New method reveals gravitationally lensed galaxies in Herschel-ATLAS first survey
04 November 2010Astronomers using early data from one of the largest projects to be undertaken with the ESA Herschel Space Observatory have demonstrated that virtually all bright sub-millimetre galaxies in the distant Universe are subject to gravitational lensing, which amplifies their flux thus easing their detection and characterisation. Analysis of less than three per cent of the entire Herschel-ATLAS survey, which probes the distant and hidden Universe, yielded a first sample of five lensed galaxies and paves the way for the compilation, in the near future, of a rich catalogue of distant, star-forming and dust-obscured galaxies. The results are reported in the 5 November 2010 issue of Science.
Particularly useful in this context, as they contain some all-important information about the early stages of galaxy formation, is a class of distant galaxies characterised by intense dust-enshrouded star formation. On the one hand, the dust makes them hard to detect with optical telescopes because it absorbs starlight; on the other hand, it is this very same dust, heated by the intense star formation, that shines brightly at wavelengths of a few hundred microns - thus they are referred to as sub-millimetre galaxies (SMGs). Thus far only observed with ground- based and balloon-borne radio telescopes, SMGs are an ideal target for Herschel, which is sensitive to emission spanning the wavelength range 55 to 671 microns.
With very high redshifts, sometimes exceeding z~3, distant SMGs are extremely hard to identify: even in the best cases, they can be detected only as faint smudges and studying their characteristics in detail is observationally demanding and time-consuming. Fortunately, nature sometimes comes to the aid of astronomers by providing them with cosmic magnifying glasses, spread here and there across the cosmos. As demonstrated by Einstein's theory of general relativity, massive objects like galaxies and galaxy clusters deflect the light coming from background sources — a phenomenon known as gravitational lensing. In the 5 November 2010 issue of the journal Science, a team of astronomers, led by Mattia Negrello from the Open University in the UK, report on the successful demonstration of a method that exploits the gravitational lensing effect to study both the distant SMGs and the foreground galaxies that act as lenses on them.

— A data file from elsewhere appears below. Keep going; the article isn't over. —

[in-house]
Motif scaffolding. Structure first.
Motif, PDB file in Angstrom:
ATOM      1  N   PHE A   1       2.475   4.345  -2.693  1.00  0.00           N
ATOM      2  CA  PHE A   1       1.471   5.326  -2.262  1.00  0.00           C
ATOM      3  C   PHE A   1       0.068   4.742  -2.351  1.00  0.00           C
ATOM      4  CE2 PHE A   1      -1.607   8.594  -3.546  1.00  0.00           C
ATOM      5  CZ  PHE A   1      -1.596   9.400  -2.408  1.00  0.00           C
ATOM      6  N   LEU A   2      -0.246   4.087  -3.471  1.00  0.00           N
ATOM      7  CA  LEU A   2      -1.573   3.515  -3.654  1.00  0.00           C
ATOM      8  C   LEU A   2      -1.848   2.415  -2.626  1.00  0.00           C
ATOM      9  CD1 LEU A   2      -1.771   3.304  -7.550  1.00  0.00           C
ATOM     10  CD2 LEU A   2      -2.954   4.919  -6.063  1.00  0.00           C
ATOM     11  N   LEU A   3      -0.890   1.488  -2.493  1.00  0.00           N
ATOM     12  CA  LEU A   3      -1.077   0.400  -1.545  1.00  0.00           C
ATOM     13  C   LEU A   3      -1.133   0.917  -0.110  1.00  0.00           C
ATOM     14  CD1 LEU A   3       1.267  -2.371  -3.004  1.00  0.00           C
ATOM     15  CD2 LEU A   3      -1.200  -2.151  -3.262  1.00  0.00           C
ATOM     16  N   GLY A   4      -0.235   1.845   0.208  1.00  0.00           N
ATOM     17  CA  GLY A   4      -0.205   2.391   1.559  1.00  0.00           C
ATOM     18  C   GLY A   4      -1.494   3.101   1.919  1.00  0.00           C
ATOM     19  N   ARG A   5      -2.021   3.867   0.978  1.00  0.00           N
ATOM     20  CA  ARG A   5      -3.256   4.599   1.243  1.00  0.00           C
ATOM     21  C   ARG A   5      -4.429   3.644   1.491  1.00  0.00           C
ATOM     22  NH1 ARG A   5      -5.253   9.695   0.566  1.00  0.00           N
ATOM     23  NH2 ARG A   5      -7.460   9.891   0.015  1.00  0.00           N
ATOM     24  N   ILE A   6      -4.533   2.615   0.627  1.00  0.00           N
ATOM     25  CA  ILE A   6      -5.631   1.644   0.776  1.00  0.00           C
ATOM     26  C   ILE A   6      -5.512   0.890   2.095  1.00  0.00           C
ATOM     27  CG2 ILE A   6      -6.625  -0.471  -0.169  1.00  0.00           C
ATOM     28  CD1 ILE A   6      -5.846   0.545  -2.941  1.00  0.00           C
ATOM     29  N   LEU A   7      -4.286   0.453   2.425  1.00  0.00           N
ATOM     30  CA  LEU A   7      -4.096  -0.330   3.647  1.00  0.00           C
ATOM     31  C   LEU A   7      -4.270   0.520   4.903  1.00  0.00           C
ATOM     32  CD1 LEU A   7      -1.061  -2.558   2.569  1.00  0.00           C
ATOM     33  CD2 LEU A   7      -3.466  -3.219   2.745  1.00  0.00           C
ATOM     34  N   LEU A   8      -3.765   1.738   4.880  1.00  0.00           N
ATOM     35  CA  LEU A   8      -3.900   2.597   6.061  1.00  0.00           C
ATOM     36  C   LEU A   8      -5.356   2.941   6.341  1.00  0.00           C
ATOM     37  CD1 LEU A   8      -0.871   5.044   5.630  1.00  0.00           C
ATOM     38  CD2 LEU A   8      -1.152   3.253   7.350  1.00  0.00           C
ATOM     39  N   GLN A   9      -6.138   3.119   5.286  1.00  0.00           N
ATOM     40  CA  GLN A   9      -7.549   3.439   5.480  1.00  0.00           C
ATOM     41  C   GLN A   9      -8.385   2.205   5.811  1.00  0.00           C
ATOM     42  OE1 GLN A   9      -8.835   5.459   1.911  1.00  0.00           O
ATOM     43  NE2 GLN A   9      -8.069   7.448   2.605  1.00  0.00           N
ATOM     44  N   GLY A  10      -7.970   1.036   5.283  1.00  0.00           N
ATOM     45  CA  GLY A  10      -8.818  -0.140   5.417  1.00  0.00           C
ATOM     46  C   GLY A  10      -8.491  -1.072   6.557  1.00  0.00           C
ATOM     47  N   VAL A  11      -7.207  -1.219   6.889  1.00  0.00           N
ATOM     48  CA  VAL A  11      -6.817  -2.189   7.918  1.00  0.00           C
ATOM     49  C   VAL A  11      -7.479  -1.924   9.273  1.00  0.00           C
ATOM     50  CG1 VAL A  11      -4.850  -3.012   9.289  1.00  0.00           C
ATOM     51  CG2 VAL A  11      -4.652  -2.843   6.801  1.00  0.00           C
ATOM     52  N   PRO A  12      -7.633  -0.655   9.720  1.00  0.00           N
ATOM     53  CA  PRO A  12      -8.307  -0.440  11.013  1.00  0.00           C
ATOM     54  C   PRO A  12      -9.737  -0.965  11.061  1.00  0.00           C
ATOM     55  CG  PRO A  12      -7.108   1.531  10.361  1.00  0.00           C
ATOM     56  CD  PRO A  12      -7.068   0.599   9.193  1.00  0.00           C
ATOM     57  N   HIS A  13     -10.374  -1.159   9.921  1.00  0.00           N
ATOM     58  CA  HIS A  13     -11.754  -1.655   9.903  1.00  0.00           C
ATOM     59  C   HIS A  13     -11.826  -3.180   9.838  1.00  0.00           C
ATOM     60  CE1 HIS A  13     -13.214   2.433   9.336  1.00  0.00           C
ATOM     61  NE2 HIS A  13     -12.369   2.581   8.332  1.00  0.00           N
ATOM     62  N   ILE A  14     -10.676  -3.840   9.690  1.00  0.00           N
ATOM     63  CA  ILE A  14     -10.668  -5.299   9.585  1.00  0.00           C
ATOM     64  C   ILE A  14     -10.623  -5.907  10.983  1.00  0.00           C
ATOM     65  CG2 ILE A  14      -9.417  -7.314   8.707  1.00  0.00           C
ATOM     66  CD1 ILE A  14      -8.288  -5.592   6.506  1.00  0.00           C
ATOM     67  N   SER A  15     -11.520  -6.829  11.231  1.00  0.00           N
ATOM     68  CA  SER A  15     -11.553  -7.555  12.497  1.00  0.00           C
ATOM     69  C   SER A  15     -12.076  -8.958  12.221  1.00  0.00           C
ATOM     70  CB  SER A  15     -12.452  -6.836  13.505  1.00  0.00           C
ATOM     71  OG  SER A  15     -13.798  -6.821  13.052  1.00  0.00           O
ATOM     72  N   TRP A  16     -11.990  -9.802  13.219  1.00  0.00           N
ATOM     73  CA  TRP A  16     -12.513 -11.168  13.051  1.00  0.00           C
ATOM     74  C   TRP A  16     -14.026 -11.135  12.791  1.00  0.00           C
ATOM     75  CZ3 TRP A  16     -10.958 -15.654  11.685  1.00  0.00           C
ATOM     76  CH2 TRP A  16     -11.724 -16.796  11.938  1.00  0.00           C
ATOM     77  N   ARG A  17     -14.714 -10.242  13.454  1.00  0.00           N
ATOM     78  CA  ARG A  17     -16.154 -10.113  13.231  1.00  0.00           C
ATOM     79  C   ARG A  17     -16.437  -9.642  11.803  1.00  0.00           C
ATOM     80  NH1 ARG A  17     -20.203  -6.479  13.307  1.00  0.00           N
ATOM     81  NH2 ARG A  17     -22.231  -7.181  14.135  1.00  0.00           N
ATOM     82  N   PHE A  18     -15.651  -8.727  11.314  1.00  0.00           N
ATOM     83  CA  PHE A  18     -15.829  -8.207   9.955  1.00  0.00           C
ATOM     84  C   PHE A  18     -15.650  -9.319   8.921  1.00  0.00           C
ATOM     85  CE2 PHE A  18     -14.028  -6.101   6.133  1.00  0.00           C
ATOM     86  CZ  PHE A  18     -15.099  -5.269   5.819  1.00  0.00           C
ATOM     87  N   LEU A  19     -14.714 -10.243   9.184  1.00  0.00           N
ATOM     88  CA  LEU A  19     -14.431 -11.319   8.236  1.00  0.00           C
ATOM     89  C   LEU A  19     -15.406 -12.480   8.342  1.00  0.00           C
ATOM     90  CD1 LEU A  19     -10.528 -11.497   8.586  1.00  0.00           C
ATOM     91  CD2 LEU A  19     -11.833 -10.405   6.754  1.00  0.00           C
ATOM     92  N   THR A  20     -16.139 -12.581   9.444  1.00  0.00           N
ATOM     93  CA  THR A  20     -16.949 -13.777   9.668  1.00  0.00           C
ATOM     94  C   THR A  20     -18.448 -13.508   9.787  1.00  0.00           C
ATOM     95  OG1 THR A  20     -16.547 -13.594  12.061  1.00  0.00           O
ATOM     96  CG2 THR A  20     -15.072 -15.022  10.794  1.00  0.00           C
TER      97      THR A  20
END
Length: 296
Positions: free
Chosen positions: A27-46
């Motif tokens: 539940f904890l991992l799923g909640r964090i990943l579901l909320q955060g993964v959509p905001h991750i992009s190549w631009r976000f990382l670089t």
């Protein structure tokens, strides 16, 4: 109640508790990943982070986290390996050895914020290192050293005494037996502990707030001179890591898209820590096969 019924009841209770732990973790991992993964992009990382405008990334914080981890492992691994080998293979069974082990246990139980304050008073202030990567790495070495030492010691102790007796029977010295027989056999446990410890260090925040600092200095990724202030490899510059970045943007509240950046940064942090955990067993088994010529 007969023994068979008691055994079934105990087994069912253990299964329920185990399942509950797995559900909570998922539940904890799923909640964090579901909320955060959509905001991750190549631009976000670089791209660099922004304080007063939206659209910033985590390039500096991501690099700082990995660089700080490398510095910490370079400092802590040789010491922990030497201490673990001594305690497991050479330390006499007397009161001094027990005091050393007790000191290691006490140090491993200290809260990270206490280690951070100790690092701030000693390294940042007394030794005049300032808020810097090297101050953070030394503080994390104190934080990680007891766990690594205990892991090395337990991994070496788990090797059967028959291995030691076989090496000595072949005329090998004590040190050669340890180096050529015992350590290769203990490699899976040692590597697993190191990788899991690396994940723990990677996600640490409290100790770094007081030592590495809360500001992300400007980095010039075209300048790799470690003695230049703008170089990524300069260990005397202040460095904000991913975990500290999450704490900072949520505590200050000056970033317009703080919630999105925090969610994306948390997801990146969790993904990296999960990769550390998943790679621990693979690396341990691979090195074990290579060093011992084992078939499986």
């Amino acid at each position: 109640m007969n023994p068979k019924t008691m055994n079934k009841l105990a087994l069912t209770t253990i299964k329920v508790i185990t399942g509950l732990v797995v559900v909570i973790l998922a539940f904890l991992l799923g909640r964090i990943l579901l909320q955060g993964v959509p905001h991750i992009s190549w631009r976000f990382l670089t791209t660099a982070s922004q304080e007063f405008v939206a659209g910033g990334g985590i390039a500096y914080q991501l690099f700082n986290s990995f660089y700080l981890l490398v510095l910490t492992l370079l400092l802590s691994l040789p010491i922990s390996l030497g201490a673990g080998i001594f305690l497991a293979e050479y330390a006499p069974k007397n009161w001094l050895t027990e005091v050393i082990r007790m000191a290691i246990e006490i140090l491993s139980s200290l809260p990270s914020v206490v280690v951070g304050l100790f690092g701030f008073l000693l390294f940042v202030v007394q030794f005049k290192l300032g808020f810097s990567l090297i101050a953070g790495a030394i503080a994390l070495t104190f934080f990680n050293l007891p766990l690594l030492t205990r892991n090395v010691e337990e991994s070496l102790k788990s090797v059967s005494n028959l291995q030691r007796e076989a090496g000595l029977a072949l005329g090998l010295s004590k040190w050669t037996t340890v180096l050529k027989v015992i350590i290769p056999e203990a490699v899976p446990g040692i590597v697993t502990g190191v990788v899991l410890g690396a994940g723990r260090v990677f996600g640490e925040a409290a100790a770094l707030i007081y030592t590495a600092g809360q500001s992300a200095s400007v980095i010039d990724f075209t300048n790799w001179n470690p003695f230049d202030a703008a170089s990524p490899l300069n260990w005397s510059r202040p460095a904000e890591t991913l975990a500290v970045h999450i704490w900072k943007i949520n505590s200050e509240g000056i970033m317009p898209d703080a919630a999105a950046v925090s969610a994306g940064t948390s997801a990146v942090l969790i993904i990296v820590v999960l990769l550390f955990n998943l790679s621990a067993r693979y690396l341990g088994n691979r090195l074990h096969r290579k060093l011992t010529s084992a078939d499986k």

A multitude of galaxies populate the intervening space between distant SMGs and an observer and, when an SMG is aligned with one of these foreground galaxies, interesting effects arise. "Just like with an ordinary glass lens, the background source is magnified and its shape is distorted in a way that depends on the intervening galaxy and on the relative distances of the galaxies," explains Negrello. "As a result, the flux of an SMG that experiences gravitational lensing is amplified with respect to that of its unlensed counterparts, enabling us to detect it more easily and to determine its properties with much greater accuracy," he adds.
The method presented in this study relies on a previous finding which demonstrated that, under certain assumptions regarding the formation of galaxies, SMGs are not expected to be brighter than 100 milliJansky at a wavelength of 500 microns unless they are magnified by a gravitational lens. "We realised that selecting all the sources with a flux higher than this threshold, among those detected in the 500-micron channel of the SPIRE instrumenton board Herschel, is an extremely efficient criterion to discover gravitationally lensed SMGs," says Negrello. A good fraction of the sources detected in this way are predicted to be 'contaminants' – other galaxy-types that are not interesting in this context – but these are rather straightforward to identify through comparison with auxiliary data, leaving astronomers with a catalogue of lensed SMGs that would have remained completely unnoticed through other selection criteria.
"These considerations suggested that a search for gravitationally lensed SMGs would make a great science case for the Herschel Astrophysical Terahertz Large Area Survey (H-ATLAS), an ambitious project aimed at compiling the largest-area survey currently undertaken by the observatory," notes Steve Eales from Cardiff University in the UK, co-leader of H-ATLAS. When completed, H-ATLAS will cover about 550 square degrees of the sky at wavelengths from 100 to 500 microns, using both the PACS and SPIRE instruments aboard Herschel, providing an extended dataset to study both local and distant galaxies, as well as stellar systems in our own Galaxy. H-ATLAS is one of the 42 Key Programmes that have been awarded observing time on Herschel to be carried out in the early phases of the mission.